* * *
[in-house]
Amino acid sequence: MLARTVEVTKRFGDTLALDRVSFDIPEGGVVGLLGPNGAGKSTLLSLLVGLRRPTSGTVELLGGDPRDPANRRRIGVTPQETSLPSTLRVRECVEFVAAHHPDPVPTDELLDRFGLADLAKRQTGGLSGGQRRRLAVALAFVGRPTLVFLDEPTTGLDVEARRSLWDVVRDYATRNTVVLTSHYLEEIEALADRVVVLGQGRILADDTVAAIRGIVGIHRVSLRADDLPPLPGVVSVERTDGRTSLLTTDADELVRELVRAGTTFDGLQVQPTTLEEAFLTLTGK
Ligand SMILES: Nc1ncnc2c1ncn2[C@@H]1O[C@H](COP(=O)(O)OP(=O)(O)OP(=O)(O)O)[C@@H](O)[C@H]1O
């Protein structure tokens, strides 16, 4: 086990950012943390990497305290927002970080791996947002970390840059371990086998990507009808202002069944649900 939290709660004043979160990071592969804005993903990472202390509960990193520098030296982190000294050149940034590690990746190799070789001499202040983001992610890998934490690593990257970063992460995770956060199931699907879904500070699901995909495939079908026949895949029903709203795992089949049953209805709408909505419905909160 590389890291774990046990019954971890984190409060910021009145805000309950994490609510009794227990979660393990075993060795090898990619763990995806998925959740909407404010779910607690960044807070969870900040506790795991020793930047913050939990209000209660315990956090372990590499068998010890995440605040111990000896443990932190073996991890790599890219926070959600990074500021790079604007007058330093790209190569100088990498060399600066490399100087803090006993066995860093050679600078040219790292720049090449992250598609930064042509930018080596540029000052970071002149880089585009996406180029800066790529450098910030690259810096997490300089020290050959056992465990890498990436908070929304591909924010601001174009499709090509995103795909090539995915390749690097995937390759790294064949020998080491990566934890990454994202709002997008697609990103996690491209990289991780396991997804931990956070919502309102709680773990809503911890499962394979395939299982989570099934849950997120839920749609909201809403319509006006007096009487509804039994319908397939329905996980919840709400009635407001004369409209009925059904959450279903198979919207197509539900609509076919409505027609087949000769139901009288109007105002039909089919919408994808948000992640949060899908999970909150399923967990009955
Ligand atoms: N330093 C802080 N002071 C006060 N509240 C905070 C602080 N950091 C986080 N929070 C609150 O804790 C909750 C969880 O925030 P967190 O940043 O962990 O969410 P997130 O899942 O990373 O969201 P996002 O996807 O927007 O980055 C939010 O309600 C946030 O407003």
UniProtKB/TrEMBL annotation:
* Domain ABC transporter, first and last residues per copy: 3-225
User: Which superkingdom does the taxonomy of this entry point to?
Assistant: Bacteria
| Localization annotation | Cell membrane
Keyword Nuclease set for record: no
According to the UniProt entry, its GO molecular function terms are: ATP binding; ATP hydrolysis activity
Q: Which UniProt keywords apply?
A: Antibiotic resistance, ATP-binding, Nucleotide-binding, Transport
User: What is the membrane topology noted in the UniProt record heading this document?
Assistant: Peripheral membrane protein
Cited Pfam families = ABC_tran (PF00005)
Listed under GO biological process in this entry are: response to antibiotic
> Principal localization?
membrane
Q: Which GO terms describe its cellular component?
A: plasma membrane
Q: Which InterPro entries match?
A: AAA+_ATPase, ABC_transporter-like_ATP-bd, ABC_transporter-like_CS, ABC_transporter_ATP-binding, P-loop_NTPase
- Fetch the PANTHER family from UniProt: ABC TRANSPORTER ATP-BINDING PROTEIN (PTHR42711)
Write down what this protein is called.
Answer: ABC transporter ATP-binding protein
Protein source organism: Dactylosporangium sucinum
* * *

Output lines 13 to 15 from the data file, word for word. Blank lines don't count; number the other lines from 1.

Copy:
Q: Which UniProt keywords apply?
A: Antibiotic resistance, ATP-binding, Nucleotide-binding, Transport
User: What is the membrane topology noted in the UniProt record heading this document?